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What's so special about Turmeric?

What's so special about Turmeric?

Turmeric has become the must-have edible to have in your veggie patch – regardless of how much space you have. (But if you intend on growing it in a pot on your kitchen window sill, be cognisant of the fact that they grow to about 1m tall! You will need to plant in at least a 30cm deep pot.) 

There are so many reasons to grow this beautiful plant, amongst them is the health giving properties that it has, its leafy foliage, and wonderfully scented blooms.

Although all parts of the plant are edible, it’s the root that is used in cooking and drinks. And the part you’ll be growing from.

There is a purely decorative Curcuma variety, so make sure you’re not using those roots in your food. 

How to plant Turmeric

The family is a warm-season crop, best grown in light or partial shade in fertile, well-drained soil with a bit of bonemeal added to it. When planting your rhizome out, make sure that the piece has at least two buds on it, and position it in the soil with those growth buds pointing upwards. Cover with compost and water well so that the soil is soaked. Then keep it moist until the first shoots appear, which can take up to a month or month and a half. 

Once you have planted, please remember that like most things when it comes to gardening, patience is key. The crop should be ready for harvest in 8 – 9 months depending on when you plant it. 

Fun Health Facts

Just one tablespoon of ground turmeric offers 29 calories, 6g of carbs, and 2g fibre, but it’s all the minerals that are magical! Manganese, phosphorus and potassium are in a form that your body will understand and readily absorb. And of course, curcumin is now being researched for its cancer prevention properties.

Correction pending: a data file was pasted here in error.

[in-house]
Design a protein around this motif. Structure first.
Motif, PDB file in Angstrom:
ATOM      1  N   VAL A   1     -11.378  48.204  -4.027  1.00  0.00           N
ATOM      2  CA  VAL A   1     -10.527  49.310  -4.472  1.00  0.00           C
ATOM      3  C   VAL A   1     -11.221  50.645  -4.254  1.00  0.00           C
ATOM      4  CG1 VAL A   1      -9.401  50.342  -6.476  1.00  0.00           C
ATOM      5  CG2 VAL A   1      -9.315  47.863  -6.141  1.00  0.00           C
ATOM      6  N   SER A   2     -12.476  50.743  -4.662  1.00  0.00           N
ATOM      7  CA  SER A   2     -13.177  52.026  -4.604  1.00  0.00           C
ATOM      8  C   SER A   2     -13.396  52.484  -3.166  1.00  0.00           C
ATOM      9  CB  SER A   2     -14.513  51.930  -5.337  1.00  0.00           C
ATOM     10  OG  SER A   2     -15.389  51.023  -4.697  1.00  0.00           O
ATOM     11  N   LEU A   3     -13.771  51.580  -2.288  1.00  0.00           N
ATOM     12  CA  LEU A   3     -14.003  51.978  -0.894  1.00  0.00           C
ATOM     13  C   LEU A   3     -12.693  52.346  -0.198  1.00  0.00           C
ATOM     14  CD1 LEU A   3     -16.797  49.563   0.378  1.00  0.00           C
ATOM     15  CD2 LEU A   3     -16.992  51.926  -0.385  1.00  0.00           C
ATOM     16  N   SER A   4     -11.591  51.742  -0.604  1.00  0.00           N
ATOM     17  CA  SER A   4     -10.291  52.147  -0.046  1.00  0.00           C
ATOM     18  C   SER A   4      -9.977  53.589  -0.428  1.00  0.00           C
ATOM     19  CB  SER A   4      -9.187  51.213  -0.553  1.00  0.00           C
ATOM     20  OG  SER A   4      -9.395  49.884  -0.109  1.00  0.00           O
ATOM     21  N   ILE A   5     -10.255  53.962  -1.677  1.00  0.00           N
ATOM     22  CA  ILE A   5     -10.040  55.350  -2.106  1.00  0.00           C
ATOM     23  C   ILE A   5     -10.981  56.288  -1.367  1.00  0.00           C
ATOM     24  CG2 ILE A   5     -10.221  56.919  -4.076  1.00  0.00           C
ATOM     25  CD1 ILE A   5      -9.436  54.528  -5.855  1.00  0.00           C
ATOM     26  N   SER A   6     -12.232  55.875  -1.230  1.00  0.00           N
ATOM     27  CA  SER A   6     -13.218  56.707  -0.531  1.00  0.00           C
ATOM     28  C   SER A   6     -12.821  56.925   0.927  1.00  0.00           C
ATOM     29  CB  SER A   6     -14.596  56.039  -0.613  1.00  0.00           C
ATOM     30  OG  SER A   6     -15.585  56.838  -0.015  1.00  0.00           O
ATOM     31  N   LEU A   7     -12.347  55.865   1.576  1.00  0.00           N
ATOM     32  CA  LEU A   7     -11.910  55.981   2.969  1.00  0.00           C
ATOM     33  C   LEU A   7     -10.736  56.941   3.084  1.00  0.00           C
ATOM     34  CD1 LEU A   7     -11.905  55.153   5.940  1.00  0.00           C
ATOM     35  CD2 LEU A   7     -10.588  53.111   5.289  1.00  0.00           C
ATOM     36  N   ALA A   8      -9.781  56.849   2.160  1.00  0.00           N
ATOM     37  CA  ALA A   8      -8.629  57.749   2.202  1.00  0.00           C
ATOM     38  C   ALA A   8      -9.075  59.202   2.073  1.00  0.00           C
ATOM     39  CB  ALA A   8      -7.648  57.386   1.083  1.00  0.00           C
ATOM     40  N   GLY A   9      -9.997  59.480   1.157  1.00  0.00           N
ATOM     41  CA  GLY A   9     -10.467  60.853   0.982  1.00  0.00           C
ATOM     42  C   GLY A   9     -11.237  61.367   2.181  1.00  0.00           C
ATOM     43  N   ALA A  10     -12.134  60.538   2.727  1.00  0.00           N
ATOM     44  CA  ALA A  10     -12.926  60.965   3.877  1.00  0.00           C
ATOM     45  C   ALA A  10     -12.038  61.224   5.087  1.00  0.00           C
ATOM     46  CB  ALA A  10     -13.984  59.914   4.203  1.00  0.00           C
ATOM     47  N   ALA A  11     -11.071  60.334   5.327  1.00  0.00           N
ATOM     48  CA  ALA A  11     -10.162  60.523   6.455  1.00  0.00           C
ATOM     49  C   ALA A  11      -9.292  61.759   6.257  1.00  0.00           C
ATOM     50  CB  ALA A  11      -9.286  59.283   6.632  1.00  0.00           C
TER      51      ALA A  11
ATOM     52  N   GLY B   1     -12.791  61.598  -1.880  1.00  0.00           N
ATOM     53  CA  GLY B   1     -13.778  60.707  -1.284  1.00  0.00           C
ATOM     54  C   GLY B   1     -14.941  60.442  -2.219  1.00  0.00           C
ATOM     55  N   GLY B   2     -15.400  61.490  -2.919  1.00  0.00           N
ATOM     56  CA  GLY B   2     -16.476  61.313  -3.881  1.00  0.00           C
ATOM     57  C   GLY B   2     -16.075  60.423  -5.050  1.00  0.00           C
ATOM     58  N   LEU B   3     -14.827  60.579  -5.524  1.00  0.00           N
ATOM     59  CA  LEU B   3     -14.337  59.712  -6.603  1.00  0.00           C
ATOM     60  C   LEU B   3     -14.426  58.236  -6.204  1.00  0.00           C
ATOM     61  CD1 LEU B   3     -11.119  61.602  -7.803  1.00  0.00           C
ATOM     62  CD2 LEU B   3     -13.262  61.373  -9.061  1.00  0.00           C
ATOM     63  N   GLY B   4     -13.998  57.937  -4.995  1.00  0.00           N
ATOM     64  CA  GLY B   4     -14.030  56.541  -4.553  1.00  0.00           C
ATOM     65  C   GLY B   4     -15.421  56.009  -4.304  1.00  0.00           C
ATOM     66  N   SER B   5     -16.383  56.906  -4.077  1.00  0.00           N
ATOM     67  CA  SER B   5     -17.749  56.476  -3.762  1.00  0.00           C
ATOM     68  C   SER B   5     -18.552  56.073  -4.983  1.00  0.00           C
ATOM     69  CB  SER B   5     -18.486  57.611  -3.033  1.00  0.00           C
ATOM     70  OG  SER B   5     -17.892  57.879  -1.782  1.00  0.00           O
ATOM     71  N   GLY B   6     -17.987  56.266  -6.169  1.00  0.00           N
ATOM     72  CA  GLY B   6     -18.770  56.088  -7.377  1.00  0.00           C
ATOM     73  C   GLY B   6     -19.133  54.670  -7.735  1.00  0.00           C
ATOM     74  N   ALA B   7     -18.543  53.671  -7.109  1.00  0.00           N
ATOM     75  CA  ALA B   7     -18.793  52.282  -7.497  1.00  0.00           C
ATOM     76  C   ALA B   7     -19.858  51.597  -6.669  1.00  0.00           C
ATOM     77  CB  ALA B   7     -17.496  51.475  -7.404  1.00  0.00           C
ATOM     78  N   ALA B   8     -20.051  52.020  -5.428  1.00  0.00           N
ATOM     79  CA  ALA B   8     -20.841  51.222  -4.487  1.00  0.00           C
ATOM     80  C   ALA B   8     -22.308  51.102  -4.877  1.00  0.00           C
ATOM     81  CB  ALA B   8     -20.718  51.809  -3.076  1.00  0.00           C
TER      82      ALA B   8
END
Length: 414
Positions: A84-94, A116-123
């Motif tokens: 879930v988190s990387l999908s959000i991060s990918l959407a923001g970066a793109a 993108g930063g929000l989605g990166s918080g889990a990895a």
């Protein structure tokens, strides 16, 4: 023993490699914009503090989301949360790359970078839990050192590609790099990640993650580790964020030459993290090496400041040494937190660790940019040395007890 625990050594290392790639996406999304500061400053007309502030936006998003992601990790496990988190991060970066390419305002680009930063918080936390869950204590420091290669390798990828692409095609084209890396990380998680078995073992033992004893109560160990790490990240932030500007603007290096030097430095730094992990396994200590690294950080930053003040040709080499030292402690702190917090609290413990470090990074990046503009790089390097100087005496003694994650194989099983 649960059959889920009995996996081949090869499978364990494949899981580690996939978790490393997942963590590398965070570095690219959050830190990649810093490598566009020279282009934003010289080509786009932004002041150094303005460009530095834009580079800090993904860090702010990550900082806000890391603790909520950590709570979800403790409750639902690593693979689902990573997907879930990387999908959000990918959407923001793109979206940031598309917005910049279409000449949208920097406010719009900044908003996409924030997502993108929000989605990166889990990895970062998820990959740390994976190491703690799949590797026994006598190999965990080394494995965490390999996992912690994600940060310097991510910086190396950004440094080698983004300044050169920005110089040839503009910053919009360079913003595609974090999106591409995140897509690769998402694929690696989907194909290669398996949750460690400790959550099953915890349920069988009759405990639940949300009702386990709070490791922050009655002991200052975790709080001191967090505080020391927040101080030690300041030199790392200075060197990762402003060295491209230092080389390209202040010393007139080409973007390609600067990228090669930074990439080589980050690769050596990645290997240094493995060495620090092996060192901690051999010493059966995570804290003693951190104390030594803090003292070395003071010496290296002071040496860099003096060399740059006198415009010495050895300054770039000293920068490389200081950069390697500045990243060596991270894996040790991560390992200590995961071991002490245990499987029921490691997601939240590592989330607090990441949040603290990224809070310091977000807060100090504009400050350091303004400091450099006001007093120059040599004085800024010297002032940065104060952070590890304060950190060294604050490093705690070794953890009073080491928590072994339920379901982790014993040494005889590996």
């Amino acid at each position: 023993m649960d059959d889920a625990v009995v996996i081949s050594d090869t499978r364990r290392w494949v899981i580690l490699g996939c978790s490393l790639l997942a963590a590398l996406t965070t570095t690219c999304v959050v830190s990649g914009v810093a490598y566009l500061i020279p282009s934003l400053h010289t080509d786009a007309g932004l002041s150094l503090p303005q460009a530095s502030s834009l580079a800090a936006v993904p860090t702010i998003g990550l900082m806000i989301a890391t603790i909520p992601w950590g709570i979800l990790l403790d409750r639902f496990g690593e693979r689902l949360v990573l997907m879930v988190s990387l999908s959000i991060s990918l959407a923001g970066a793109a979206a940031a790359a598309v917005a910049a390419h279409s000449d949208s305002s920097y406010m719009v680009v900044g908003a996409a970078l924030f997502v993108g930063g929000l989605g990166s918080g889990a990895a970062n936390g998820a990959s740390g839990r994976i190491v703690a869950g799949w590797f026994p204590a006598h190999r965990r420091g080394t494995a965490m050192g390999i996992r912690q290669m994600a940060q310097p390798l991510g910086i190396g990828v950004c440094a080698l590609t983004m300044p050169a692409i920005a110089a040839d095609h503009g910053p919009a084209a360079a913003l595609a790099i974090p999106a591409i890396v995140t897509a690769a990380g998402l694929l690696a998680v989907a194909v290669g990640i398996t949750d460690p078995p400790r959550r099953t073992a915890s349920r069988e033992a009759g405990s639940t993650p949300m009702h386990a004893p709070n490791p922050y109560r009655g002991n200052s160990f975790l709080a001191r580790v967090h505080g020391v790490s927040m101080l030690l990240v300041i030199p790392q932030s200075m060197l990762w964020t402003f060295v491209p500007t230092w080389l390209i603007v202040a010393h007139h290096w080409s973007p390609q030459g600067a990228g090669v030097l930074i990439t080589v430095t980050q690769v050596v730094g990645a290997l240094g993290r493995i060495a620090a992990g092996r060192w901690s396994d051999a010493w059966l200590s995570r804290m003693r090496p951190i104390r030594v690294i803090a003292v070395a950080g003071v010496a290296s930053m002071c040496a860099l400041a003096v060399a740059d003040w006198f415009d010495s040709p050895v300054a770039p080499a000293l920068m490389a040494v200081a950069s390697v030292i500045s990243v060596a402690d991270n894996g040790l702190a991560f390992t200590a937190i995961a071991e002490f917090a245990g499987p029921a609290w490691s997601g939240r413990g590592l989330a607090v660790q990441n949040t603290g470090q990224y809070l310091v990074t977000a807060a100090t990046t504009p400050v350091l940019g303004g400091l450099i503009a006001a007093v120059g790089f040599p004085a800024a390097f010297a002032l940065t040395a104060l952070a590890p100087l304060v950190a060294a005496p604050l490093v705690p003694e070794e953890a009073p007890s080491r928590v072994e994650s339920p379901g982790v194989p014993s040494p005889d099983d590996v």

The main thing when using turmeric in your cooking or drinks is to make sure that you have it warm, in something that has fat (it used to be that the fat in cow’s milk was sufficient, but when using dairy-free milk a little extra healthy fat will help you absorb it better. Almond oil, coconut oil, or organic ghee all work well if you’re using nut milk; you don’t need to add extra fat if using the full-fat coconut milk) and that you add black pepper to it as it helps the body absorb the curcumin.

PS.  Natural, herbal remedies can be toxic. Use them with caution.

Recipe:

Like unusual teas or lassis? Then break out the turmeric and make yourself a delicious drink that has many health-giving benefits.

You’re not making a Latte grande here – this is a small health-giving treat. And you can make enough for 12 servings ahead of time. 

12 Servings of Golden Milk Paste:

Combine 4 tablespoons of turmeric powder, about 1/8 of a teaspoon of black pepper (or a couple of twists on the pepper grinder), a dash of cinnamon, a dash of cardamom, then combine 2:1 filtered water to turmeric powder in a small saucepan. Simmer over low heat – do not boil! - until paste forms, around 15 minutes.

Golden milk paste can be stored in the refrigerator for up to two weeks.

To use, simply heat your choice of nut milk – full-fat coconut milk, or 1 cup unsweetened almond milk plus 1 tsp almond or coconut oil on the stove. Remove from the heat and add around a ¼ tsp of the paste. 

You can also add a little bit of grated fresh ginger, or ¼ tsp honey for a touch of sweetness. 

Thanks to Foolproof Living for the recipe!

You can start your turmeric paste by getting your hands on turmeric. Just click right here.

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